Despite a quarter-century of constructivist theorizing in the social sciences and humanities, ethnic groups continue to be conceived as entities and cast as actors. Journalists, policymakers, and researchers routinely frame accounts of ethnic, racial, and national conflict as the struggles of internally homogeneous, externally bounded ethnic groups, races, and nations. In doing so, they unwittingly adopt the language of participants in such struggles, and contribute to the reification of ethnic groups.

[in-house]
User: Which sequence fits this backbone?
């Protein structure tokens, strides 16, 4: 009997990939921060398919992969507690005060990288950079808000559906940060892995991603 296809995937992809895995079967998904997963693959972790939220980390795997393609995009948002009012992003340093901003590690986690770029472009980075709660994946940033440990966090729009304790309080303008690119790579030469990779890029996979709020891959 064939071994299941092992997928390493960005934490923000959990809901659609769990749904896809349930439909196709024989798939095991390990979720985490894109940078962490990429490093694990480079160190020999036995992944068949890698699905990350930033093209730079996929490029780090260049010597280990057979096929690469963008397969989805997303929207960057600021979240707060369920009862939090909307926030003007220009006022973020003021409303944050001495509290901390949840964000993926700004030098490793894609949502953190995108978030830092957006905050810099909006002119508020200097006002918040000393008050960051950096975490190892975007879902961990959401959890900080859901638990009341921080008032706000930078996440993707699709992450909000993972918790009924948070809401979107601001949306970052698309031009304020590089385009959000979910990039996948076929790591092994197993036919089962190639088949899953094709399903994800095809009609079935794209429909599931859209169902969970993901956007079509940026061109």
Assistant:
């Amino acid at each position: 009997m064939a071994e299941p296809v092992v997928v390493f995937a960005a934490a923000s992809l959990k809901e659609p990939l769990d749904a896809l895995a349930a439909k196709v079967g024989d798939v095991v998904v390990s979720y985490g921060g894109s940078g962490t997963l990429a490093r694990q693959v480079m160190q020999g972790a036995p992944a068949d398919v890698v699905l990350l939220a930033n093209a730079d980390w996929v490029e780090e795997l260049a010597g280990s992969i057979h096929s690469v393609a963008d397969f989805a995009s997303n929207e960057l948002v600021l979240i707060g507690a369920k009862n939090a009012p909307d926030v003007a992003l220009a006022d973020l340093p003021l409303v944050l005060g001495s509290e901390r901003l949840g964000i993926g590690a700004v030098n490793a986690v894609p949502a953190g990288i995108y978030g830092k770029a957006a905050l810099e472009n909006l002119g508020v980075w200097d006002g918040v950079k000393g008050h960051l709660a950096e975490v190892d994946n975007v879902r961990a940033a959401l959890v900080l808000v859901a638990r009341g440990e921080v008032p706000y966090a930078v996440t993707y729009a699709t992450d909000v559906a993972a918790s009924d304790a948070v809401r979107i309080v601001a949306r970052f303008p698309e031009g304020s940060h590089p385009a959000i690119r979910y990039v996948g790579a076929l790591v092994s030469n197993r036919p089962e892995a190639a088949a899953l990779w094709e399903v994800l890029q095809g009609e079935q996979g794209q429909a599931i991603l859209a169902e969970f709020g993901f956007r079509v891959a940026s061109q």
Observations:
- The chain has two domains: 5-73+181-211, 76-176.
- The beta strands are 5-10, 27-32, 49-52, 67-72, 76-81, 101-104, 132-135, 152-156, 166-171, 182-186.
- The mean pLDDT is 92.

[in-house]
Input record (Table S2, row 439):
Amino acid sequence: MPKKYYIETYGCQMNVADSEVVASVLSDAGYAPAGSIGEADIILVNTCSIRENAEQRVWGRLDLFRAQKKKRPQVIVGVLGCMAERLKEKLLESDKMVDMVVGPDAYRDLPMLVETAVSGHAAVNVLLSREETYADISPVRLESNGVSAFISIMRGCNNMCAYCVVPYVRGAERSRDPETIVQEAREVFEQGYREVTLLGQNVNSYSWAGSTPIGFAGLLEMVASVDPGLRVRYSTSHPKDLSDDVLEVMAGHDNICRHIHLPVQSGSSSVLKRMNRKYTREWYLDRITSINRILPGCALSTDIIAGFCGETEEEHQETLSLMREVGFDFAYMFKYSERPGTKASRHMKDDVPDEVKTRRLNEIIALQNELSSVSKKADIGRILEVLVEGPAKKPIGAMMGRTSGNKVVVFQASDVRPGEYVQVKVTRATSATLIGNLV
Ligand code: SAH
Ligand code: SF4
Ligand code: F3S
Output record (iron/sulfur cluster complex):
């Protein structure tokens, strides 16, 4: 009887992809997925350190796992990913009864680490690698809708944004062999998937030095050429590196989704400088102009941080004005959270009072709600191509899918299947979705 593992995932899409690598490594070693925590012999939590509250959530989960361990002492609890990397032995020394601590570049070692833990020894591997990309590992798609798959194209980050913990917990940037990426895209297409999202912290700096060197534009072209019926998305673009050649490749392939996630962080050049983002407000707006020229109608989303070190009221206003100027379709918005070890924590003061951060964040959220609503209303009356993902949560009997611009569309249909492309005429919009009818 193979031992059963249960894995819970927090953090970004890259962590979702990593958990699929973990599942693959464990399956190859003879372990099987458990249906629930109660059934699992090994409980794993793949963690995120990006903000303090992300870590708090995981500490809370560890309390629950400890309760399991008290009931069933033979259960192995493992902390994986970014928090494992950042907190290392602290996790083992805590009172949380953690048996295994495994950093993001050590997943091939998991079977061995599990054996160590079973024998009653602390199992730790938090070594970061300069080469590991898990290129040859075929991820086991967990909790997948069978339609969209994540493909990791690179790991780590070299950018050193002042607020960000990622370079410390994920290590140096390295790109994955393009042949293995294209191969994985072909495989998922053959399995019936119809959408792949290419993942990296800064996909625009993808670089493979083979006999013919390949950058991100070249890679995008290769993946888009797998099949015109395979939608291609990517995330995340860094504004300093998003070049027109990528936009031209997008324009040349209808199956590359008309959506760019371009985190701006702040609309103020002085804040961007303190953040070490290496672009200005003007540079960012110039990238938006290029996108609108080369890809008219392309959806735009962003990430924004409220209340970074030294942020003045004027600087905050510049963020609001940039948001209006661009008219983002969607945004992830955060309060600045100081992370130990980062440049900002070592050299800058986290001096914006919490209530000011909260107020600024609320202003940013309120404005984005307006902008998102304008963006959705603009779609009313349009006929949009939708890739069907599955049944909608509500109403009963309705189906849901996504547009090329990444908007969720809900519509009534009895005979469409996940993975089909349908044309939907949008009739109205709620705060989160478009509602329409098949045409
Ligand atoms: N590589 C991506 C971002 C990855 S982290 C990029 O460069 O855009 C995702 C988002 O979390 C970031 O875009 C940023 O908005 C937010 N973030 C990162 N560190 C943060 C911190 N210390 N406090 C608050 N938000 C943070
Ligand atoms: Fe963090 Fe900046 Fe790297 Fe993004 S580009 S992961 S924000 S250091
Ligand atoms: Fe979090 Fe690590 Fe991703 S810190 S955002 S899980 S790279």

In this timely and provocative volume, Rogers Brubaker—well known for his work on immigration, citizenship, and nationalism—challenges this pervasive and commonsense “groupism.” But he does not simply revert to standard constructivist tropes about the fluidity and multiplicity of identity. Once a bracing challenge to conventional wisdom, constructivism has grown complacent, even cliched. That ethnicity is constructed is commonplace; this volume provides new insights into how it is constructed. By shifting the analytical focus from identity to identifications, from groups as entities to group-making projects, from shared culture to categorization, from substance to process, Brubaker shows that ethnicity, race, and nation are not things in the world but perspectives on the world: ways of seeing, interpreting, and representing the social world.